A corpse flower nicknamed Bob will be stinking up the Marjorie McNeely Conservatory in St. Paul next week.
The endangered rare Sumatran plant, which blooms about every 15 years, is showing a flower bud and may soon emit an odor of rotting flesh, said Michelle Furrer, a spokeswoman for the conservatory in Como Park.
Strangely enough, the odor attracts horticulture enthusiasts wanting to witness the rare occurrence. More than 7,000 people went to Gustavus Adolphus College to see (and smell) the blooming of a corpse flower nicknamed Perry, Furrer said.
The corpse flower, or titan arum, was discovered in 1878 by Italian botanist Odoardo Beccari. The first U.S. bloom was in 1937 at the New York Botanical Gardens. Through 2007, only 122 plants are known to have bloomed worldwide.
Horticulturists at the Como Park conservatory have moved Bob from the greenhouse into public space for visitors to see and smell. The conservatory started a gardener blog and a webcam on Como's website for people to watch the bloom's progress: www.comozooconservatory. org/cons/gardenblog.shtml.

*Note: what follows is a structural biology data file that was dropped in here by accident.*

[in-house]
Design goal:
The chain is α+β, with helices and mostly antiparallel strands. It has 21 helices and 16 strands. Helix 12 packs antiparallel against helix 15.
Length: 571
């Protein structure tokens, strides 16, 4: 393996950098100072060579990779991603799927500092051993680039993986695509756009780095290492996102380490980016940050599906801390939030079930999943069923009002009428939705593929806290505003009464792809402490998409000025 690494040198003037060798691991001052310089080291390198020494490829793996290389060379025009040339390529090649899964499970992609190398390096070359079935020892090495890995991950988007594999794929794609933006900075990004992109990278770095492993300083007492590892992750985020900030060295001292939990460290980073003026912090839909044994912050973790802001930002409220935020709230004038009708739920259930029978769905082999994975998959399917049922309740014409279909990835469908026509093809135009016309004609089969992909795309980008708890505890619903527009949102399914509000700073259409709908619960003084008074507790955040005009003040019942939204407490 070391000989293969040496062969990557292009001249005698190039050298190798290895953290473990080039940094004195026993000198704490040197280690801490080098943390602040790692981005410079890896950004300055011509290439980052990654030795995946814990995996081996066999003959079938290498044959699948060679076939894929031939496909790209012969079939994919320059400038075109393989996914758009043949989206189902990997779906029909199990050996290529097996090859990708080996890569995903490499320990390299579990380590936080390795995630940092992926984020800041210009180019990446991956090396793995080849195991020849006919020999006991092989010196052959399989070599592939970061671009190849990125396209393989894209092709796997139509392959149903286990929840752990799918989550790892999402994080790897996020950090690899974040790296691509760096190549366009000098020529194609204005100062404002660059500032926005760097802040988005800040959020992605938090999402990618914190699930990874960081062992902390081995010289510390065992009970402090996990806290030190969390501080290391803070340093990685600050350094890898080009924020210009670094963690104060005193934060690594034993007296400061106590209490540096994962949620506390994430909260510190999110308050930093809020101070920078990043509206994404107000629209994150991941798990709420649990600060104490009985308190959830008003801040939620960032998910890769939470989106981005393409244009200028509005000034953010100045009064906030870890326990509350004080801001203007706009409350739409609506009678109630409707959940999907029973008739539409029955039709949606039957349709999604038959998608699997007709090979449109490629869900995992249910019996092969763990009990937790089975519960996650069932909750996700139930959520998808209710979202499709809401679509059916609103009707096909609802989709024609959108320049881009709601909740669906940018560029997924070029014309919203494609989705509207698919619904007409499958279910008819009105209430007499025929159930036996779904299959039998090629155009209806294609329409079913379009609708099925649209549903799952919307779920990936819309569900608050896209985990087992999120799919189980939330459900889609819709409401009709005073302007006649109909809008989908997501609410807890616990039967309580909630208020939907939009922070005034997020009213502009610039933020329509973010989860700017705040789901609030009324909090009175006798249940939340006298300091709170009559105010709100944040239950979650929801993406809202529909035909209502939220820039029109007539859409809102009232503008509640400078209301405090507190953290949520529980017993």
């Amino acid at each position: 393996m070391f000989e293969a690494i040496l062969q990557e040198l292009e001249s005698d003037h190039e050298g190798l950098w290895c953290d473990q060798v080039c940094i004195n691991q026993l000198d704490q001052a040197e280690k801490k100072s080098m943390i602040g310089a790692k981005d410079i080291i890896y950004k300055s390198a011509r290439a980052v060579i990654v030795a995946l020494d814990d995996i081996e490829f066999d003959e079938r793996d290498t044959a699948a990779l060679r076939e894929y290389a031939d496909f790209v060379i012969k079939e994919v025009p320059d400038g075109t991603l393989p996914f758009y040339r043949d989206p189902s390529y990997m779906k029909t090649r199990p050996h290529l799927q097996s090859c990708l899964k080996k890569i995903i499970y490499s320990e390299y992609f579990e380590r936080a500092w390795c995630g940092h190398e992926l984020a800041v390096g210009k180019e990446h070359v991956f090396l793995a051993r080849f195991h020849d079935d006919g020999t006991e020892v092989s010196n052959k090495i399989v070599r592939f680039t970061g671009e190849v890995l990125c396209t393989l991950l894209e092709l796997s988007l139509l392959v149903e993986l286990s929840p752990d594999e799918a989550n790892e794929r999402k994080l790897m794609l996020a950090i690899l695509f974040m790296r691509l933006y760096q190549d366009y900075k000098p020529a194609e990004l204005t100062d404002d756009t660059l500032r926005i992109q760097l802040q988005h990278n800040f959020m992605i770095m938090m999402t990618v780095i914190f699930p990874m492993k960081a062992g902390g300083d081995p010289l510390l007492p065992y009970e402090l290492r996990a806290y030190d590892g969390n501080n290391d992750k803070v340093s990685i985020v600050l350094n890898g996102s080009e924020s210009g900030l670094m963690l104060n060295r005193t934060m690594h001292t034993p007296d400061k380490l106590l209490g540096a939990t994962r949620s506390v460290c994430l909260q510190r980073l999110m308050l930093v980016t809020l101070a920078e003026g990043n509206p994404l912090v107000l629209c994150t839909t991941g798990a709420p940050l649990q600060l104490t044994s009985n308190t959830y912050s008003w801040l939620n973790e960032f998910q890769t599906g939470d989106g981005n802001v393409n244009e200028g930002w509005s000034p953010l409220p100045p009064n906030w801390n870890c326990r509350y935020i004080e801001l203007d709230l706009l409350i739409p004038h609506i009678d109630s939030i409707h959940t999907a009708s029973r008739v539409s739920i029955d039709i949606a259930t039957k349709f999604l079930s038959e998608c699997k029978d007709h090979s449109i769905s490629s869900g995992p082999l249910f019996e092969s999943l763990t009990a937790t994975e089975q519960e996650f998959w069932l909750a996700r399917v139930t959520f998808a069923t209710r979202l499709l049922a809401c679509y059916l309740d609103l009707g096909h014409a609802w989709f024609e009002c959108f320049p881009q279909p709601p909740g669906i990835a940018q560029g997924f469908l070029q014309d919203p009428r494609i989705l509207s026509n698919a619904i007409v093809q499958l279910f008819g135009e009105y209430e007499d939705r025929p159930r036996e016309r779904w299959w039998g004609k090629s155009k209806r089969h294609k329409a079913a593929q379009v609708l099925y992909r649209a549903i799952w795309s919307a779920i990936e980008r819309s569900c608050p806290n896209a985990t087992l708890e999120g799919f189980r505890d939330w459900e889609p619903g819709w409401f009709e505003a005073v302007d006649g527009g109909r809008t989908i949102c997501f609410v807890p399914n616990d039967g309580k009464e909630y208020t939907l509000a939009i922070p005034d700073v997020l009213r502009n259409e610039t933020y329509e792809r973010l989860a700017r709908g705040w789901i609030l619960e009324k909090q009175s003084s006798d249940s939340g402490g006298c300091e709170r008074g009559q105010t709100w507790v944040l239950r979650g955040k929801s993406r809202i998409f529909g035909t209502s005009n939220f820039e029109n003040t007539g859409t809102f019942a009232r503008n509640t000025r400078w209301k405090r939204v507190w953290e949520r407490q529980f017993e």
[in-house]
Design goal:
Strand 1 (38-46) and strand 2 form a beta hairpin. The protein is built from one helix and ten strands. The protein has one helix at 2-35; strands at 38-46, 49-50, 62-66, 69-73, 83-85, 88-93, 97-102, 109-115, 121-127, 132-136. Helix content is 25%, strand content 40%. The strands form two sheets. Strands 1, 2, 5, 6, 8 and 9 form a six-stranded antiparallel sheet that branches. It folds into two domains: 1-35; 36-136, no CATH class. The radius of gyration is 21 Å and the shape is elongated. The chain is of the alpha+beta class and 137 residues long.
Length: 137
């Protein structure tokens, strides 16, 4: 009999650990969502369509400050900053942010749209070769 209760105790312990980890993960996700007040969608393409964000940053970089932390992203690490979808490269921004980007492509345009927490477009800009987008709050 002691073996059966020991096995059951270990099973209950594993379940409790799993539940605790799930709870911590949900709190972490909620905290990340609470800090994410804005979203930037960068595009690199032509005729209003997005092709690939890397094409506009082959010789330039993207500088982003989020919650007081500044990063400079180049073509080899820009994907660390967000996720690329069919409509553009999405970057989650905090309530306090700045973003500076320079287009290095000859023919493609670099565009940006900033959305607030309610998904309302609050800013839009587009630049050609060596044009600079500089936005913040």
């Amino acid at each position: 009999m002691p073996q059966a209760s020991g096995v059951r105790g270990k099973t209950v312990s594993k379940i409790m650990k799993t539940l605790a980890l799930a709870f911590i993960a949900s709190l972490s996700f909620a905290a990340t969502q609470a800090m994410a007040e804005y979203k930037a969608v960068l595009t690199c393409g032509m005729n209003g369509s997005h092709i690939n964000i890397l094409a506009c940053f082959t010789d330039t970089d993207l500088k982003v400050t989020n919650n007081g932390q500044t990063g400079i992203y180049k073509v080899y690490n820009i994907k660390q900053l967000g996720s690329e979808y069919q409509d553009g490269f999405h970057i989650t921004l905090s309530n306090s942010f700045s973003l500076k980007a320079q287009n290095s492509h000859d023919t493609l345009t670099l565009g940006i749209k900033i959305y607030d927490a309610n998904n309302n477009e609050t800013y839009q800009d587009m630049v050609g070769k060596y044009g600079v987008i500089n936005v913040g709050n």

Bob's lettuce-green color will turn to purple at bloom, Furrer said. The flower is growing more than an inch a day but remains relatively small at 25 pounds, she said.
The odor of rotting flesh lasts about two days.
The conservatory is open every day from 10 a.m. to 6 p.m. Admission is free.